Cars in Books, December 1982

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A READER has drawn our attention to the following, from “Max Miller — the Cheeky Chappie” by John M. East (W. H. Allen, 1977):—

“Edwardian Brighton owed its new prosperity greatly to Harry Preston. His genial personality and enthusiasm for yachting, motoring, flying and the theatre brought about a renewal of the town’s importance as a centre for sporting and stage people. The greatest single influence in the rebirth of Brighton’s success was the growing popularity of the motor car. In 1905 Preston promoted a scheme to have a tarmac surface made on Madeira Drive from the Palace Pier to Kemp Town, a distance of nearly a mile, to enable it to serve from time to time as a race track. From his youth Max loved motor cars; he was only 15 when he learned to drive and he was probably influenced by the early vogue in Brighton for ‘the rush and roar of motor-drawn traffic’. Max once said ‘That’s my Rolls-Royce outside. Does ten miles to the gallon, so I use the Lanchester for going round the town. Oh, and then there’s the De Soto for nipping up to the golf course or the river. Got the back arranged so that it can take all my gear. Then I’ve got my racing bike, to keep fit when I’m working. Put it in the back of the Rolls and go out on it every morning. Not up hills though. I don’t race up hills — bad for the heart, that.’ I remember he started driving a small car around Brighton, and a woman questioned him about his Rolls-Royce. `Oh, I had to sell it, lady.’ ‘What — things not so good with you, Maxie?’ ‘No, the ash trays were full’.”

Then, in fiction which can often be autobiographical, we have the following, from none other than H. G. Wells’ “Joan and Peter” (Cedric Chivers, 1918). The year is 1903:— “. . A polite young man appeared one morning seated in a chariot of fire outside the road gate of the School of St. George and the Venerable Bede. He was in one of those strange and novel portents, a ‘motor-car.’ This alone made him interesting and attractive, and it greatly impressed young Winterbaum to discover that the visitor had come about Joan and Peter. Young Winterbaum went out to scrutinise the motor-car and its driver, and see if there was anything wrong about it. But it was difficult to underestimate.

“‘It’s a petrol car,’ he said, ‘Belsize. . . . Those are fine lamps.’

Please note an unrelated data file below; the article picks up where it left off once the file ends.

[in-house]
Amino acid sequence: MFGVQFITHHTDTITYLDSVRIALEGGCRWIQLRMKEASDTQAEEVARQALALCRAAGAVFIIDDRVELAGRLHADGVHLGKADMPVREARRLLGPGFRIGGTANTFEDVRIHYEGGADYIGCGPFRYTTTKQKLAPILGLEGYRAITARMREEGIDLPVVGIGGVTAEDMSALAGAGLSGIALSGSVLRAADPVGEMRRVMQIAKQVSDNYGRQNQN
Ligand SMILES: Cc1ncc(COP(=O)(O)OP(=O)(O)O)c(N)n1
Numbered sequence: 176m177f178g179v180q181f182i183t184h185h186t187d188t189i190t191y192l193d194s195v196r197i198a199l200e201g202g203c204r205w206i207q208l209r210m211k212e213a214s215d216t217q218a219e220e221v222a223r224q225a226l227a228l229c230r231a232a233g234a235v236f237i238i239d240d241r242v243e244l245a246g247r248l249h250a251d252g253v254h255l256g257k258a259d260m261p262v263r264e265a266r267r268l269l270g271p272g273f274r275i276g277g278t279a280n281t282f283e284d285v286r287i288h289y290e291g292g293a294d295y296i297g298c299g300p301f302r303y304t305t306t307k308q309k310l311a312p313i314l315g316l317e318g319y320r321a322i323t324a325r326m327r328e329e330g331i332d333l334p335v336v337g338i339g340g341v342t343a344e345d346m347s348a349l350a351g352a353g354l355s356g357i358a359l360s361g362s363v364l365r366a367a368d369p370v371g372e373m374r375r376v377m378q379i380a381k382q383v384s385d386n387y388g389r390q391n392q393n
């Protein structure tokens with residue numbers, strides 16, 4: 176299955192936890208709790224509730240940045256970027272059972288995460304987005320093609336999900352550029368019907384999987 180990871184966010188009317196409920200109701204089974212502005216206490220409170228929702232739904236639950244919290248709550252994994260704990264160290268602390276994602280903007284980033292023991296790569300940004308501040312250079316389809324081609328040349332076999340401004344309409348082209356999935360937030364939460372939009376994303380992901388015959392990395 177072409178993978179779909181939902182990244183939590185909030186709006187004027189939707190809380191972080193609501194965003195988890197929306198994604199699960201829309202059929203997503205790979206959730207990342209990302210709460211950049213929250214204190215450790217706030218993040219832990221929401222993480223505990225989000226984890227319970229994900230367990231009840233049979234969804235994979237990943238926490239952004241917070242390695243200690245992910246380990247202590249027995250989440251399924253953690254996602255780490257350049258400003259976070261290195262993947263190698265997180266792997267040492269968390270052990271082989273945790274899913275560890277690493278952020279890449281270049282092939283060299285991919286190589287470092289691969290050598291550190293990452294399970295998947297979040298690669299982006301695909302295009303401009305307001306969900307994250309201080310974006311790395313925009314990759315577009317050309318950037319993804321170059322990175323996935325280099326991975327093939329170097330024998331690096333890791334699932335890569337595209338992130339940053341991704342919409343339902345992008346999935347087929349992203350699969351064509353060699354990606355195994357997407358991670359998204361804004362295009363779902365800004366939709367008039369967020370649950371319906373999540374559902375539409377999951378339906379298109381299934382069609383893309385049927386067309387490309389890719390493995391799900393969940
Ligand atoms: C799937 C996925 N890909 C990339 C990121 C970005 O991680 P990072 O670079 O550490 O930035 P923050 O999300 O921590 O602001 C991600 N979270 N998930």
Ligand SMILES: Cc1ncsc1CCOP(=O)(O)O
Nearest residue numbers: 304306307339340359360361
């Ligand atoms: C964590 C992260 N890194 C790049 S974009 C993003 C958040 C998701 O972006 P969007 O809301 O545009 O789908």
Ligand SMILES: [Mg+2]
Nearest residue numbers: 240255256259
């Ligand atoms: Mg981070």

“Miss Murgatroyd gathered that the guardians of Joan and Peter. . . had sent the car to fetch them. . . .There was something reassuring about the motor-car. They departed cheerfully to the ill-concealed envy and admiration of young Winterbaum. . . . The young man (driver) said ‘These here cars’ll do forty-fifty miles an hour.’

“In a little while they were upon an unknown road. It was astonishing how the car devoured the road. You saw a corner a long way off and then immediately you were turning this corner. The car went as swiftly up the hills as down. It said ‘honk’. The trees and hedges flew by as if one was in a train, and behind we trailed a marvellous cloud of dust. The driver sat before us with his head sunken between his hunched-up shoulders; he never seemed to move; he was quite different from the swaying, noble coachman with the sun red-face, wearing a top hat with a waist and a broad brim, who sat erect and poised his whip and drove Lady Charlotte’s white horses.” The year is still 1903 (Oswald has just returned to London having lived for many years in Africa. There is an interesting account of the places he sees in London and the differences he notices):— “. . Now and then he saw automobiles, queer, clumsy carriages without horses they seemed to be, or else low, heavy-looking vehicles with a flavour of battleship about them. Several emitted bluish smoke and trailed an evil smell. In Regent Street outside Liberty’s art shop one of these mechanical novelties was in trouble. Everybody seemed pleased. The passing cabmen were openly derisive. Oswald joined the little group of people at the pavement edge who were watching the heated and bothered driver engaged in some obscure struggle beneath his car.

“An old gentleman in a white waistcoat stood beside Oswald and presently turned to him.’ “Silly things,’ he said. ‘Noisy, dangerous, stinking things. They ought to be forbidden.’ “Perhaps they will improve’ said Oswald. “How could that thing improve?’ asked the old gentleman. ‘Lotto dirty ironmongery.” — W.B.